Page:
WIPO Arbitration and Mediation Center
ADMINISTRATIVE PANEL DECISION
KPMG International Cooperative v. Patrick, Patrick Filczinger
Case No. D2019-2751
1. The Parties
The Complainant is KPMG International Cooperative, Netherlands, represented by Taylor Wessing, United Kingdom.
The Respondent is Patrick, Patrick Filczinger, Finland.
2. The Domain Name and Registrar
The disputed domain name <kpmg-fea.com> is registered with Hostinger, UAB (the “Registrar”).
3. Procedural History
The Complaint was filed with the WIPO Arbitration and Mediation Center (the “Center”) on November 11, 2019. On November 11, 2019, the Center transmitted by email to the Registrar a request for registrar verification in connection with the disputed domain name. On November 13, 2019, the Registrar transmitted by email to the Center its verification response disclosing registrant and contact information for the disputed domain name which differed from the named Respondent and contact information in the Complaint. The Center sent an email communication to the Complainant on November 13, 2019, providing the registrant and contact information disclosed by the Registrar, and inviting the Complainant to submit an amendment to the Complaint. The Complainant filed an amended Complaint on November 15, 2019.
The Center verified that the Complaint together with the amended Complaint satisfied the formal requirements of the Uniform Domain Name Dispute Resolution Policy (the “Policy” or “UDRP”), the Rules for Uniform Domain Name Dispute Resolution Policy (the “Rules”), and the WIPO Supplemental Rules for Uniform Domain Name Dispute Resolution Policy (the “Supplemental Rules”).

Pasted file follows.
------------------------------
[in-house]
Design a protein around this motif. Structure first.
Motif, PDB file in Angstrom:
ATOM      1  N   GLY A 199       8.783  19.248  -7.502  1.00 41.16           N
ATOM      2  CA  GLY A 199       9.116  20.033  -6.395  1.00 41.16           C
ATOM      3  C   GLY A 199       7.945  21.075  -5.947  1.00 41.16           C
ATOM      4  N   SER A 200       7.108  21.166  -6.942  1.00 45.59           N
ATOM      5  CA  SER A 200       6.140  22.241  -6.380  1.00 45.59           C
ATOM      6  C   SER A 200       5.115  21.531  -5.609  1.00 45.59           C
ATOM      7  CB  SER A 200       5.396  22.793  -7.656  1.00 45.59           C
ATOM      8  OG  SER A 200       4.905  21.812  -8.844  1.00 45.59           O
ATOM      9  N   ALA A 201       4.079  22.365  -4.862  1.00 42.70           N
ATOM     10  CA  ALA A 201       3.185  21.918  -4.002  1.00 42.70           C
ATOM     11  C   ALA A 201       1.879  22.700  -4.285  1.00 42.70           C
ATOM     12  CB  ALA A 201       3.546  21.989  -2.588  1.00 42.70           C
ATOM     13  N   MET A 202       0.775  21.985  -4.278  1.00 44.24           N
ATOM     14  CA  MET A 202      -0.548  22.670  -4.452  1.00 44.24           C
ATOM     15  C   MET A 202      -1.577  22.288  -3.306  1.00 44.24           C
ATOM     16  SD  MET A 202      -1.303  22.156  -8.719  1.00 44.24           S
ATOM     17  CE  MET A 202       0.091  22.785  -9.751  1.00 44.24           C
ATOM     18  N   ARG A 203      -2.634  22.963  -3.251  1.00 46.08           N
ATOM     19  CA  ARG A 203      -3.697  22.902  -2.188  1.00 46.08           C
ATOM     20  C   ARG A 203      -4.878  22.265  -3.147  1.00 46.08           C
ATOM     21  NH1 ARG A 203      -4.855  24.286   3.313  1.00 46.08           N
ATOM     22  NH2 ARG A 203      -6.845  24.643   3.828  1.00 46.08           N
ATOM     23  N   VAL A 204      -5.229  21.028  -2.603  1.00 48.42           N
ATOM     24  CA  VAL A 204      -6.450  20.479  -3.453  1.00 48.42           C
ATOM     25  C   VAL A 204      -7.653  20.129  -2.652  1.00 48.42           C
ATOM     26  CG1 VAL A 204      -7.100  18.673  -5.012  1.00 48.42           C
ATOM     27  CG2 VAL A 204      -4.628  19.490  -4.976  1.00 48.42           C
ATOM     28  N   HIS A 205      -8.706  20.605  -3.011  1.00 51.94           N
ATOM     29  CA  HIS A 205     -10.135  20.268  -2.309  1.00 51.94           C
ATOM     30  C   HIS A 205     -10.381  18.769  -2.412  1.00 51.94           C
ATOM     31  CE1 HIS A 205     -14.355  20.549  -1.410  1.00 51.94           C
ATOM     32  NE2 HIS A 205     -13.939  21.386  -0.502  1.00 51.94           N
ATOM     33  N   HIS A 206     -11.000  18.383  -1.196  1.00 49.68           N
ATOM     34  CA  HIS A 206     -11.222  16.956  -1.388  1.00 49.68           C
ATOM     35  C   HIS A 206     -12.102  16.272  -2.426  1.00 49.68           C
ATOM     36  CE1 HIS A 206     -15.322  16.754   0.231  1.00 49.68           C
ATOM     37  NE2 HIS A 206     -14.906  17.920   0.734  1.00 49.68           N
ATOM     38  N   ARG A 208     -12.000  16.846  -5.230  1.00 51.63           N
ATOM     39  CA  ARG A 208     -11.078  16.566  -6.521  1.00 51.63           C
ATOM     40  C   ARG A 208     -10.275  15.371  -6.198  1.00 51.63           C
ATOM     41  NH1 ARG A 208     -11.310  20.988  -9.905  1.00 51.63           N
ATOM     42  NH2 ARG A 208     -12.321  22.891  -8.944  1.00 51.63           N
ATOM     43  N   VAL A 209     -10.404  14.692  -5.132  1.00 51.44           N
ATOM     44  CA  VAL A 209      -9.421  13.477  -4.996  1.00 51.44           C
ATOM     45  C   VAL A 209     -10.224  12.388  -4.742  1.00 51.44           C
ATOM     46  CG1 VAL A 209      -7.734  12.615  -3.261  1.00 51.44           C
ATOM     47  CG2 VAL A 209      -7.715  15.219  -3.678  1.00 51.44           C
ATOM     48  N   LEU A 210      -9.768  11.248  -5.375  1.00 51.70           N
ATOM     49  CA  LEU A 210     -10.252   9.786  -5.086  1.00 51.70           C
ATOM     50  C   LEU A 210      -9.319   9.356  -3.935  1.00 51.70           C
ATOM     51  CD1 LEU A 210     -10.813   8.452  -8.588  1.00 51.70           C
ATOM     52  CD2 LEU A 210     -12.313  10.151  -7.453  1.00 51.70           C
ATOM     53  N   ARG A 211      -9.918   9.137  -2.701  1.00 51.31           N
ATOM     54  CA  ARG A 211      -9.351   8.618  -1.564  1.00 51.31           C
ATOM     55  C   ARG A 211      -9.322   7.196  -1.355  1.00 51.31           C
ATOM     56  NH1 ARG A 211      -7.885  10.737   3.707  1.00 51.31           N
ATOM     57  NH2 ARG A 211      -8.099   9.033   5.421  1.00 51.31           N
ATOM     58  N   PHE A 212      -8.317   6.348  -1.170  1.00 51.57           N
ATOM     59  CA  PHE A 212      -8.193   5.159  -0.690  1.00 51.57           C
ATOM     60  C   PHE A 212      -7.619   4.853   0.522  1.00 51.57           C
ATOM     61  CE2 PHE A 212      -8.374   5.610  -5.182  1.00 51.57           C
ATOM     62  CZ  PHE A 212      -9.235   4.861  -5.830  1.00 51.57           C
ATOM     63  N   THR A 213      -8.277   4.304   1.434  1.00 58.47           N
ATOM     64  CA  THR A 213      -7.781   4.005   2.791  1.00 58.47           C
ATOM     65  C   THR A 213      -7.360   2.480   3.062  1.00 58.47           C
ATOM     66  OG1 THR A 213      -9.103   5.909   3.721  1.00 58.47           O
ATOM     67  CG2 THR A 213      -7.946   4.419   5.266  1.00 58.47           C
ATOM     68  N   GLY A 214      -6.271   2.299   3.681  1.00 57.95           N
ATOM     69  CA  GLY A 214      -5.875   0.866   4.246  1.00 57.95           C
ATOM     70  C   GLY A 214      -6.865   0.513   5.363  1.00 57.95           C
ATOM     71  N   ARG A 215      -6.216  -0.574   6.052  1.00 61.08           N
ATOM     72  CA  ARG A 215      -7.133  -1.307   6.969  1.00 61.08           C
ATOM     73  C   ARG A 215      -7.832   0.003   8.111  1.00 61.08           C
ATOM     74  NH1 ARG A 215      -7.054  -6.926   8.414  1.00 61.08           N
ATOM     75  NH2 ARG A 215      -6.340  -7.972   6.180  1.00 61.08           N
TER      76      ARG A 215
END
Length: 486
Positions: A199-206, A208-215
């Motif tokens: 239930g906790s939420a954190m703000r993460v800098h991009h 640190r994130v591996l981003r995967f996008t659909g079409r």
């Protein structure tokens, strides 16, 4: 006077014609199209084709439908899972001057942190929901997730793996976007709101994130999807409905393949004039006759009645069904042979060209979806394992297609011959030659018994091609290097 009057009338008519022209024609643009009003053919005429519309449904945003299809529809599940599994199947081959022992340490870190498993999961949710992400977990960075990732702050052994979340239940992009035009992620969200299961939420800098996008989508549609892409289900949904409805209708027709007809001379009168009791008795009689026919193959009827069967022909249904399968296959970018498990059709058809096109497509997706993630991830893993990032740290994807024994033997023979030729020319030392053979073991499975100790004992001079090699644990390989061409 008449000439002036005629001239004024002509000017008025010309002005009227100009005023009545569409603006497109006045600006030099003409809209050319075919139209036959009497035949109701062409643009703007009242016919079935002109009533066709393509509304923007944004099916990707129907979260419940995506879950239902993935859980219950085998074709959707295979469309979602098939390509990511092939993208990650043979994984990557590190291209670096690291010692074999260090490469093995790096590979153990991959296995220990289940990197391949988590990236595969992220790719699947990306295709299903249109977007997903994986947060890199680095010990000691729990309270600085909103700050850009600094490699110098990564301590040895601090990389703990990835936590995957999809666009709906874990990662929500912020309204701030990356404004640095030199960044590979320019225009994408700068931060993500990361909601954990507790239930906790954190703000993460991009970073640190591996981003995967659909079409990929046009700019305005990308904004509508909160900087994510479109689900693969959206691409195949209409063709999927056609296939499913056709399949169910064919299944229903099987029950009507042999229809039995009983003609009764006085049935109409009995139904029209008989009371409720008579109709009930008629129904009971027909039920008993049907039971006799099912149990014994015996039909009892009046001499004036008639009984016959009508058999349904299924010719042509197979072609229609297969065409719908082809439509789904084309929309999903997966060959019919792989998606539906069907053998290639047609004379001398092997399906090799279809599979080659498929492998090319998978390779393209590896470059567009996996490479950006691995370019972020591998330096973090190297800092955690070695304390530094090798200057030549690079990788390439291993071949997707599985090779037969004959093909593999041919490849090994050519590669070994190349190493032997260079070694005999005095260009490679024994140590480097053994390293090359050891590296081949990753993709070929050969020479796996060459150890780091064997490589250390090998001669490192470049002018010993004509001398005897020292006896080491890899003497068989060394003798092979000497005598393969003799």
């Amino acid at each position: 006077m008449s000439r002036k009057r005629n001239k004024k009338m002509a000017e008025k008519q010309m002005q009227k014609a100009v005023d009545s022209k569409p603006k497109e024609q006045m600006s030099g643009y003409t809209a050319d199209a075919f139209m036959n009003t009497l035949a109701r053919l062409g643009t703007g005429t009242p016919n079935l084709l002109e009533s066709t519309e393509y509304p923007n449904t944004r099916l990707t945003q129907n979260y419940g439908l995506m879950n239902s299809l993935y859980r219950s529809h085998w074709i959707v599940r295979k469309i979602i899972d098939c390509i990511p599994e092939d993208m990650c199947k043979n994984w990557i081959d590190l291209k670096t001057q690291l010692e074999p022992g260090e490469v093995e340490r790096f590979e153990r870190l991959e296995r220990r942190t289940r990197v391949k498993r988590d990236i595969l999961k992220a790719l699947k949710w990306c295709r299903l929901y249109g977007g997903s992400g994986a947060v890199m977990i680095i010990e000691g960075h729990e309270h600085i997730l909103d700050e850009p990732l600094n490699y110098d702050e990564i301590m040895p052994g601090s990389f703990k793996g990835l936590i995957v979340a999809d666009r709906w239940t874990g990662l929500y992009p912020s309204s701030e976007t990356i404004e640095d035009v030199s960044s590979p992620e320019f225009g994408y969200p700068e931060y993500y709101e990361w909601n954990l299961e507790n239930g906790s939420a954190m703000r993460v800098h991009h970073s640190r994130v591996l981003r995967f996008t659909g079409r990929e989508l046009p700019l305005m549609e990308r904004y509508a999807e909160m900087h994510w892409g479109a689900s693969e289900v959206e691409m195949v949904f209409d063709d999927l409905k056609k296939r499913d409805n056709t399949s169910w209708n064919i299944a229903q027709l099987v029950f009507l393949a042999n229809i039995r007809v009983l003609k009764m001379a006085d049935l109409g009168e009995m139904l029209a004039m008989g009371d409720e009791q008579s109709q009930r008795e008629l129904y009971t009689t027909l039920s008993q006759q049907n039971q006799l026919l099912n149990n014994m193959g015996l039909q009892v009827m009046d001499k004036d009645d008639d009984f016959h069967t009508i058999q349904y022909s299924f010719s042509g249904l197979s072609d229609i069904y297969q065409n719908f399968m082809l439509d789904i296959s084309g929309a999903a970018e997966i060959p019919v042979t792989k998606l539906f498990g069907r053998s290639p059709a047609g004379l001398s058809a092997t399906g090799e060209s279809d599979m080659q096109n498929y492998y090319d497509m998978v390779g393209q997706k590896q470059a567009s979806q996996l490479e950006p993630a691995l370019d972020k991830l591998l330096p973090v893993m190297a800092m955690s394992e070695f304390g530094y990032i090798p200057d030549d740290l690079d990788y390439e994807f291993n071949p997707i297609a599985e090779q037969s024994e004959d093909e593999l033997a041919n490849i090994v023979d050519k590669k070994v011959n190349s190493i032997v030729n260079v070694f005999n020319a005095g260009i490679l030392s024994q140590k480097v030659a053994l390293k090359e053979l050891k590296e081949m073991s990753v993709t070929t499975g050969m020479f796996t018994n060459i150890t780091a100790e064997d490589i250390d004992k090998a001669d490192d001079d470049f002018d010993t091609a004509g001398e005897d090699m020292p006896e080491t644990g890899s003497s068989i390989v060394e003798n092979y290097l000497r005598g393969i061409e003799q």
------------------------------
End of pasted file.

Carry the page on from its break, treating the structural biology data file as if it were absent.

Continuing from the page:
In accordance with the Rules, paragraphs 2 and 4, the Center formally notified the Respondent of the Complaint, and the proceedings commenced on November 18, 2019. In accordance with the Rules, paragraph 5, the due date for Response was December 8, 2019. The Respondent did not submit any response. Accordingly, the Center notified the Respondent’s default on December 9, 2019.
The Center appointed Marilena Comanescu as the sole panelist in this matter on December 11, 2019. The Panel finds that it was properly constituted. The Panel has submitted the Statement of Acceptance and Declaration of Impartiality and Independence, as required by the Center to ensure compliance with the Rules, paragraph 7.
The language of the proceeding is English.
4. Factual Background
The Complainant KPMG International Cooperative, based in the the Netherlands, is one of the four worldwide leading providers of audit, tax and advisory services, in the last thirty years. The KPMG network is formed of member firms licenced by the Complainant to use its KPMG trademark and, according to the Complaint, currently the Complainant operates in approximately 153 countries, having more than 207,000 employees. The combined global revenues of KPMG member firms in 2018 were USD 28.96 billion.
The Complainant holds numerous trademark registrations for KPMG marks worldwide such as:
- the European Union Trademark KPMG, registration number 001011220, filed on December 3, 1998 and registered on April 25, 2000, for goods and services in International Classes 9, 16, 35, 36, 41, 42; and
- the United States of America Trademark KPMG, registration number 2339547, filed on July 3, 1997 and registered on April 11, 2000, for goods and services in International Classes 9, 16, 35, 36, 41 and 42.
The Complainant’s flaship website is “kpmg.com”.